Bright summer days bring hot and humid temperatures, so we encourage everyone to take precautions.
Heat Illnesses are preventable
Wear sunscreen and appropriate clothing.
Take a break from the heat by spending a few hours in a cool place. It could be a tree-shaded area, swimming facility or an air conditioned spot such as a public building, shopping mall, grocery store, place of worship or public library. Schedule your outdoor activities carefully and try to keep them limited to early mornings and evening hours when it is cooler.
Drink plenty of cool fluids, especially water, before you feel thirsty to decrease your risk of dehydration. Thirst is not a good indicator of dehydration. Stay away from sugar and alcohol drinks–these cause you to lose more body fluid.
Frequently visit neighbours, friends, and older family members, especially those who are chronically ill, to ensure they are cool and hydrated. Infants, young children and other high-risk individuals need frequent watching.
Keep your pets hydrated and in a shady area.
**** HEALTH Canada Release
Step 1 – Prepare for the heat
Tune in regularly to local weather forecasts and alerts so you know when to take extra care.
Arrange for regular visits by family members, neighbours or friends during very hot days in case you need help. Visitors can help identify signs of heat illness that could be missed over the phone.
Find ways to keep cool before the hot weather starts. If you have an air conditioner, make sure it works properly. If you have ceiling fans or other fans they can help as long as the humidity isn’t high. Find an air-conditioned spot close by where you can cool off for a few hours on very hot days. This will help you cope with the heat.
Have cool drinks in your vehicle and keep your gas tank topped up.
Step 2 – Pay close attention to how you – and those around you – feel
Heat stroke is a medical emergency!
Call 911 or your local emergency number immediately if you are caring for someone who has a high body temperature and is either unconscious, confused or has stopped sweating.
Watch for symptoms of heat illness, which include:
dizziness or fainting
nausea or vomiting
rapid breathing and heartbeat
extreme thirst (dry mouth or sticky saliva)
decreased urination with unusually dark yellow urine
changes of behaviour in children (like sleepiness or temper tantrums)
If you have any of these symptoms during extreme heat, move to a cool place and drink liquids right away. Water is best.
While waiting for help – cool the person right away by:
moving them to a cool place, if you can
applying cold water to large areas of their skin or clothing
fanning the person as much as possible
Step 3 – Stay hydrated
Drink plenty of cool liquids (especially water) before you feel thirsty to decrease your risk of dehydration (not having enough fluids in your body). Thirst is not a good indicator of dehydration.
Remind yourself to drink water by leaving a glass by the sink.
Flavouring water with natural fruit juice may make it more appealing.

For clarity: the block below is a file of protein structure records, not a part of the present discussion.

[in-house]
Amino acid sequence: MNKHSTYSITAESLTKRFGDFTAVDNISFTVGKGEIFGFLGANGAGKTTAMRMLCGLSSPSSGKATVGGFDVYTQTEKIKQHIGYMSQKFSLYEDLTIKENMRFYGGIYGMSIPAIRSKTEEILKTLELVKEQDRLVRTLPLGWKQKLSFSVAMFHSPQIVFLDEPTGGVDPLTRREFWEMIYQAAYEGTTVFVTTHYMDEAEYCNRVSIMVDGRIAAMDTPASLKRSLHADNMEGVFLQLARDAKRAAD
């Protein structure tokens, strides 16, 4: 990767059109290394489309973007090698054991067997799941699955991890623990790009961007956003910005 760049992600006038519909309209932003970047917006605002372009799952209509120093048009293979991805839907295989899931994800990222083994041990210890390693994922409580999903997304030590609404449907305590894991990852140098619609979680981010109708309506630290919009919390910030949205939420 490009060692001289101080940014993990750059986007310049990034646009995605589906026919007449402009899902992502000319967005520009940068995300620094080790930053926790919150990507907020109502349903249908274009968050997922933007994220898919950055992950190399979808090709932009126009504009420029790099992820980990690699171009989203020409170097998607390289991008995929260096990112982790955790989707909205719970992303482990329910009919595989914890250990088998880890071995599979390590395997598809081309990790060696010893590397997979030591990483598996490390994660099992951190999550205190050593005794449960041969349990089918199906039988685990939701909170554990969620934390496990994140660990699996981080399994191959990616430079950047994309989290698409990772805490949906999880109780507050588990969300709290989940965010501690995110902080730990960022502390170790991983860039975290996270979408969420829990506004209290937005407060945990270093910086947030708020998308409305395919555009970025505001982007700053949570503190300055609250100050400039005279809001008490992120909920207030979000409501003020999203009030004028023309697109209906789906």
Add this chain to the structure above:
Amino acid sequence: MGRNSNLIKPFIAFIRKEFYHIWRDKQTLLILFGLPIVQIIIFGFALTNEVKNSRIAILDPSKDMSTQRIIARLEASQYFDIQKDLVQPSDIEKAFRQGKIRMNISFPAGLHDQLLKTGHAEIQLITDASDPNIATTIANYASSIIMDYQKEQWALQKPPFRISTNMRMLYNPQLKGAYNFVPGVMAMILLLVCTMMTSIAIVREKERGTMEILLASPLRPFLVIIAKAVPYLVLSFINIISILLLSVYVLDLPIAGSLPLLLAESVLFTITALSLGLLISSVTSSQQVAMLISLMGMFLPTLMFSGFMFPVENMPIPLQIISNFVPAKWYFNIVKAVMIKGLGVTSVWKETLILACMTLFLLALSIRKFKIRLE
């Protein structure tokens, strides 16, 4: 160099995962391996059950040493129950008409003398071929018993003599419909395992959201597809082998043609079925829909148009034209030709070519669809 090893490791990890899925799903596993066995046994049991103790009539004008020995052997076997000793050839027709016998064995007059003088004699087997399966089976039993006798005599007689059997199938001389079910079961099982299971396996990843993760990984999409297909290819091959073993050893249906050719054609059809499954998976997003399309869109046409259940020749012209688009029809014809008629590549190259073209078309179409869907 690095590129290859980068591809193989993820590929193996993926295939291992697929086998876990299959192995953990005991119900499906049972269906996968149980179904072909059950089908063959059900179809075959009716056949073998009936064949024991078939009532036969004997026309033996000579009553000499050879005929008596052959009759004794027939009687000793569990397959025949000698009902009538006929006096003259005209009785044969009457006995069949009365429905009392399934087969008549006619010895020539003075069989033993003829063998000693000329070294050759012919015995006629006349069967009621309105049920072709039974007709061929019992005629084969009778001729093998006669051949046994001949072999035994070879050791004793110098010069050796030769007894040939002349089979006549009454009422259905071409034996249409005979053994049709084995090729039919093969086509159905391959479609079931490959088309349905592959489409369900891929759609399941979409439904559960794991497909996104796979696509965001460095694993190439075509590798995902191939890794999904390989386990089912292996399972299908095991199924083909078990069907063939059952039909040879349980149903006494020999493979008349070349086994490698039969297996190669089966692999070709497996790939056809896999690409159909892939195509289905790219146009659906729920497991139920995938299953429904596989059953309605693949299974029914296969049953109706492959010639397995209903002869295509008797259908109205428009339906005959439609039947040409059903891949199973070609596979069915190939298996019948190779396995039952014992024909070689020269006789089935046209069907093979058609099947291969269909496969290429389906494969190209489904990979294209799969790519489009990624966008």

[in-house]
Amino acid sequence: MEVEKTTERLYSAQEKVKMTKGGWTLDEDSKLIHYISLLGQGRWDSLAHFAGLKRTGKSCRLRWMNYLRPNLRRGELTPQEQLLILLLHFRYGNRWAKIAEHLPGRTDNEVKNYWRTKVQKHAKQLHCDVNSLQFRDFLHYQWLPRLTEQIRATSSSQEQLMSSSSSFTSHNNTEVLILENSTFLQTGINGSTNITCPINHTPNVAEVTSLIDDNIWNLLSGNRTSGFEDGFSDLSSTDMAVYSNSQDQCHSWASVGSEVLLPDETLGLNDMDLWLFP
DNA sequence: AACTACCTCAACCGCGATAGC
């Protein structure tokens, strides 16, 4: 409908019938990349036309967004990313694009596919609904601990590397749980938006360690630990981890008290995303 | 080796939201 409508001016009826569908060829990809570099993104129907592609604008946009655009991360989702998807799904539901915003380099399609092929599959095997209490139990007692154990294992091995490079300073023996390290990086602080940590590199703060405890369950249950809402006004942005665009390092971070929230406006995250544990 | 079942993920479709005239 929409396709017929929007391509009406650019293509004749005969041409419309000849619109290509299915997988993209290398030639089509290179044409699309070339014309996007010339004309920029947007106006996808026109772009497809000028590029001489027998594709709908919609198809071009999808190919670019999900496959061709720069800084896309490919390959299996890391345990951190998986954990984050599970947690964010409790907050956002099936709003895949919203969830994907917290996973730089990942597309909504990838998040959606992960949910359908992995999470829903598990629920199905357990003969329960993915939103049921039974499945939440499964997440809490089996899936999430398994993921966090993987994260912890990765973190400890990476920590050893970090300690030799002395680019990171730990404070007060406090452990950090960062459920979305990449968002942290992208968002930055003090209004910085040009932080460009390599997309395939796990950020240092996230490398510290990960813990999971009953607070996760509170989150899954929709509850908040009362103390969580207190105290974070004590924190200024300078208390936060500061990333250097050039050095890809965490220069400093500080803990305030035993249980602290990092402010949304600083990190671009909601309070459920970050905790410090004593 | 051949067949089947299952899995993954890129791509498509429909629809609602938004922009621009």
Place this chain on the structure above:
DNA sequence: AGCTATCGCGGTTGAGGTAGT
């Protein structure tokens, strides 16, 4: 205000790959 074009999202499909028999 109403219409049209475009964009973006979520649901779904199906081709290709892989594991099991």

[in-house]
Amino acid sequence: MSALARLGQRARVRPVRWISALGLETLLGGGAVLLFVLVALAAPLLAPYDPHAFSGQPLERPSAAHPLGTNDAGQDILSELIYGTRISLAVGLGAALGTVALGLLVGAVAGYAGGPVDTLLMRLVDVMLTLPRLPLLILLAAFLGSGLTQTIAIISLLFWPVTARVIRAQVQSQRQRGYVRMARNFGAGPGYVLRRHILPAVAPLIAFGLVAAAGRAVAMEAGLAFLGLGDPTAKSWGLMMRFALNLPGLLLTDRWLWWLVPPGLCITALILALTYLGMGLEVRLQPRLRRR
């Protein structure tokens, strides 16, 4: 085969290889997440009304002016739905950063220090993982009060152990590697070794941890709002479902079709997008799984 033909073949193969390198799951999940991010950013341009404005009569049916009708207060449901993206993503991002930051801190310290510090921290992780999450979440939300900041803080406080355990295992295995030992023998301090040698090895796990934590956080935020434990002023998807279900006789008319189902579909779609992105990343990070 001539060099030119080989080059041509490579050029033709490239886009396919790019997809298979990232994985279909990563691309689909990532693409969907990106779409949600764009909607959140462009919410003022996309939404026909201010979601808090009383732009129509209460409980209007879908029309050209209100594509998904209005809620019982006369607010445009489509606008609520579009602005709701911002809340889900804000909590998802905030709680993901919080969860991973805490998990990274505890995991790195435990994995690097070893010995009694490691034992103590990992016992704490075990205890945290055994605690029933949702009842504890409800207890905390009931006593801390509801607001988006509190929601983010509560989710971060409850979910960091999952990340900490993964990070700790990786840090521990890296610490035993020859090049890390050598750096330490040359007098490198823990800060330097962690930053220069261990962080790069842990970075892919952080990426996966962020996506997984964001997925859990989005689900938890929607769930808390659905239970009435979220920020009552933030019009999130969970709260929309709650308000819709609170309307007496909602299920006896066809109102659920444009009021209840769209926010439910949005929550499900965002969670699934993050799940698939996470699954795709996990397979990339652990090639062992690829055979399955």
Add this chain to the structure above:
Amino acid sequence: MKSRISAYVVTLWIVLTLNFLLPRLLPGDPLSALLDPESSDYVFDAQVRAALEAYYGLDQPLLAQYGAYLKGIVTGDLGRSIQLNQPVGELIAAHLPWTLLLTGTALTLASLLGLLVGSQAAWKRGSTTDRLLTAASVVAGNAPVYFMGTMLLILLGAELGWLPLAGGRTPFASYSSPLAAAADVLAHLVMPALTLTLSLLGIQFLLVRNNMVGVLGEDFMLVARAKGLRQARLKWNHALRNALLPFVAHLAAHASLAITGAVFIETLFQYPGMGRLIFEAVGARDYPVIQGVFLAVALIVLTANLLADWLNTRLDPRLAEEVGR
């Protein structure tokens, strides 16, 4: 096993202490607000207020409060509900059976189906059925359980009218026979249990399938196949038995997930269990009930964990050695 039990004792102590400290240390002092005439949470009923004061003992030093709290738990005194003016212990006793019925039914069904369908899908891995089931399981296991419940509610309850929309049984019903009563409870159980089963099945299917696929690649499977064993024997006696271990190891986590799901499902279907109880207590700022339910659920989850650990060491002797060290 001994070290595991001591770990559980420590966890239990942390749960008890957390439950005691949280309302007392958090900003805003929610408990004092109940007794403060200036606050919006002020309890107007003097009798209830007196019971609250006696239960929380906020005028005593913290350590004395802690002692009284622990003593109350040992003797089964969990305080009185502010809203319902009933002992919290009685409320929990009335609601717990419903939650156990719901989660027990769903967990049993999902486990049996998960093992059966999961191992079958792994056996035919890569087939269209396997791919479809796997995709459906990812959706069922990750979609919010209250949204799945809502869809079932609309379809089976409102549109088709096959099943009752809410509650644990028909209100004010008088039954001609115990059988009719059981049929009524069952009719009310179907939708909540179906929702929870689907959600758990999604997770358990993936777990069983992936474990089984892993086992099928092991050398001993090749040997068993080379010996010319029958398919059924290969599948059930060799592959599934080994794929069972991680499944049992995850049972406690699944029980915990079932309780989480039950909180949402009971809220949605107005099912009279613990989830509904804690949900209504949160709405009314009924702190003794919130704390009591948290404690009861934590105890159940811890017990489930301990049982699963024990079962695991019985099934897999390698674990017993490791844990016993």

Eat more fruits and vegetables as they have a high water content.
If you eat less, you may need to drink more water.
Drink water before, during and after physical activity.
Step 4 – Stay cool
Did you know?
Your body is not used to (not acclimatized to) extreme heat at the beginning of the summer. If you are physically active, you are also not acclimatized if you don’t exercise regularly during hot weather.
Dress for the weather
Wear loose-fitting, light-coloured clothing and a wide-brimmed hat made of breathable fabric.
When you buy sunglasses, make sure they provide protection against both UVA and UVB rays.
Take a breakfrom the heat
If you must do physical activity in extreme heat, take extra breaks, remove gear to let your body cool off and drink lots of water. Don’t expect your usual performance in hot weather. Give your body time to recover after being in the heat.
Keep your home cool
Make meals that don’t need to be cooked in an oven.
Block the sun by closing awnings, curtains or blinds during the day.
If safe, open your windows at night to let cooler air into your home.
If you have an air conditioner with a thermostat, keep it set to the highest setting that is comfortable (somewhere between 22ºC/72ºF and 26ºC/79ºF). This will reduce your energy costs and provide you with needed relief. If you are using a window air conditioner, cool only one room where you can go for heat relief.
If your home is extremely hot
Take cool showers or baths until you feel refreshed.
Use a fan to help you stay cool and aim the air flow in your direction.
Spend a few hours in a cool place. It could be a tree-shaded area, swimming facility or an air-conditioned spot like a shopping mall, grocery store, or public library.
Step 5 – Avoid exposure to extreme heat when outdoors
Did you know?
Sunburned skin loses its sweating efficiency. This makes it harder for your body to regulate its temperature.
Never leave people or pets inside a parked vehicle or in direct sunlight.
When the outside air temperature is 23ºC/73ºF, the temperature inside a vehicle can be extremely dangerous – more than 50ºC/122ºF.
Reschedule or plan outdoor activities during cooler parts of the day.